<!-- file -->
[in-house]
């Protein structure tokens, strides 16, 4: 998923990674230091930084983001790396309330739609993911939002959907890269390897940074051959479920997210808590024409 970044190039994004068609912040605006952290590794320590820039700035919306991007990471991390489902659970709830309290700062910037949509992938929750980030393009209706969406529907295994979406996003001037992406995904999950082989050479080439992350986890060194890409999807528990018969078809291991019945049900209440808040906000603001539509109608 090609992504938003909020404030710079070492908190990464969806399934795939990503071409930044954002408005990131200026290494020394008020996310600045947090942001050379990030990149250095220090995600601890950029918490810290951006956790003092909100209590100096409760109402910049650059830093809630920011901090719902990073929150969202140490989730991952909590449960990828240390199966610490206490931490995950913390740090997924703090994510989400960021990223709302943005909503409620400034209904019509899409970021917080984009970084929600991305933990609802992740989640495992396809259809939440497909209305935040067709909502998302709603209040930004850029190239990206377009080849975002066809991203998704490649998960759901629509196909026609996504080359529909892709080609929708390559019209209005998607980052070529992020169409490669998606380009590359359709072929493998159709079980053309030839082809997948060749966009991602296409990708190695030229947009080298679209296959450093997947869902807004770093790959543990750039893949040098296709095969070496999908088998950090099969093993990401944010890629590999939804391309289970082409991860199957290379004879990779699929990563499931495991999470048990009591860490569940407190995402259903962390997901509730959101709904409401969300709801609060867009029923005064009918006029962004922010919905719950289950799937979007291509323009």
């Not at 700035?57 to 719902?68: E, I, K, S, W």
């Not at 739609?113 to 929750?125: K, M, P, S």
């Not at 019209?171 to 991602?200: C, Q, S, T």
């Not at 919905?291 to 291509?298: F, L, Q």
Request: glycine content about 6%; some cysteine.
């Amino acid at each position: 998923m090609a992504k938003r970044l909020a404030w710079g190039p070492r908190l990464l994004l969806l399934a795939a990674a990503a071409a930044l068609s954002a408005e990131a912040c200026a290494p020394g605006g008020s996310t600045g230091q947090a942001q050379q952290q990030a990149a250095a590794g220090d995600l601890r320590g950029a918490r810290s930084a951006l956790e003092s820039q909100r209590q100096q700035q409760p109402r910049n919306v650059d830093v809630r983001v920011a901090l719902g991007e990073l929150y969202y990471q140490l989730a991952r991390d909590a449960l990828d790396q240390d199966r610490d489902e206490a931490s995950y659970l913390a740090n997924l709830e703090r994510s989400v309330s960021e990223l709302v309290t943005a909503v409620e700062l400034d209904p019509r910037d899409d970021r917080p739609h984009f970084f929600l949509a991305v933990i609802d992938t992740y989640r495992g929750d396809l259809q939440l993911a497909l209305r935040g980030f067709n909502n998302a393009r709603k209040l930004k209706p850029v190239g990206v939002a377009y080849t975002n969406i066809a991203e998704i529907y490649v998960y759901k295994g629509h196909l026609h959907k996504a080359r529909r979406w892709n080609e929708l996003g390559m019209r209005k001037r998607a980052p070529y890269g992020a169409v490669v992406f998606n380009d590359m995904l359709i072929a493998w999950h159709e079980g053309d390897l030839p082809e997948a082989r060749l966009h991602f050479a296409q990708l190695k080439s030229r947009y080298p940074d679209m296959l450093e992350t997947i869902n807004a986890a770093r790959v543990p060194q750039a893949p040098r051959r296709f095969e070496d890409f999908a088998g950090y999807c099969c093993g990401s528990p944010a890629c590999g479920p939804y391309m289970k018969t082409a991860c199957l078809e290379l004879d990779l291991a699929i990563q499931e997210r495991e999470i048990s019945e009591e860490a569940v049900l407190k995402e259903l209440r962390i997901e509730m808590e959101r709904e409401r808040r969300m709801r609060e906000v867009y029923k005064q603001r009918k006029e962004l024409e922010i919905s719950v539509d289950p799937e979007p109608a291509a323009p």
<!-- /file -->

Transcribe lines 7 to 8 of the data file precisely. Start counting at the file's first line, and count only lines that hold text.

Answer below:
Request: glycine content about 6%; some cysteine.
């Amino acid at each position: 998923m090609a992504k938003r970044l909020a404030w710079g190039p070492r908190l990464l994004l969806l399934a795939a990674a990503a071409a930044l068609s954002a408005e990131a912040c200026a290494p020394g605006g008020s996310t600045g230091q947090a942001q050379q952290q990030a990149a250095a590794g220090d995600l601890r320590g950029a918490r810290s930084a951006l956790e003092s820039q909100r209590q100096q700035q409760p109402r910049n919306v650059d830093v809630r983001v920011a901090l719902g991007e990073l929150y969202y990471q140490l989730a991952r991390d909590a449960l990828d790396q240390d199966r610490d489902e206490a931490s995950y659970l913390a740090n997924l709830e703090r994510s989400v309330s960021e990223l709302v309290t943005a909503v409620e700062l400034d209904p019509r910037d899409d970021r917080p739609h984009f970084f929600l949509a991305v933990i609802d992938t992740y989640r495992g929750d396809l259809q939440l993911a497909l209305r935040g980030f067709n909502n998302a393009r709603k209040l930004k209706p850029v190239g990206v939002a377009y080849t975002n969406i066809a991203e998704i529907y490649v998960y759901k295994g629509h196909l026609h959907k996504a080359r529909r979406w892709n080609e929708l996003g390559m019209r209005k001037r998607a980052p070529y890269g992020a169409v490669v992406f998606n380009d590359m995904l359709i072929a493998w999950h159709e079980g053309d390897l030839p082809e997948a082989r060749l966009h991602f050479a296409q990708l190695k080439s030229r947009y080298p940074d679209m296959l450093e992350t997947i869902n807004a986890a770093r790959v543990p060194q750039a893949p040098r051959r296709f095969e070496d890409f999908a088998g950090y999807c099969c093993g990401s528990p944010a890629c590999g479920p939804y391309m289970k018969t082409a991860c199957l078809e290379l004879d990779l291991a699929i990563q499931e997210r495991e999470i048990s019945e009591e860490a569940v049900l407190k995402e259903l209440r962390i997901e509730m808590e959101r709904e409401r808040r969300m709801r609060e906000v867009y029923k005064q603001r009918k006029e962004l024409e922010i919905s719950v539509d289950p799937e979007p109608a291509a323009p």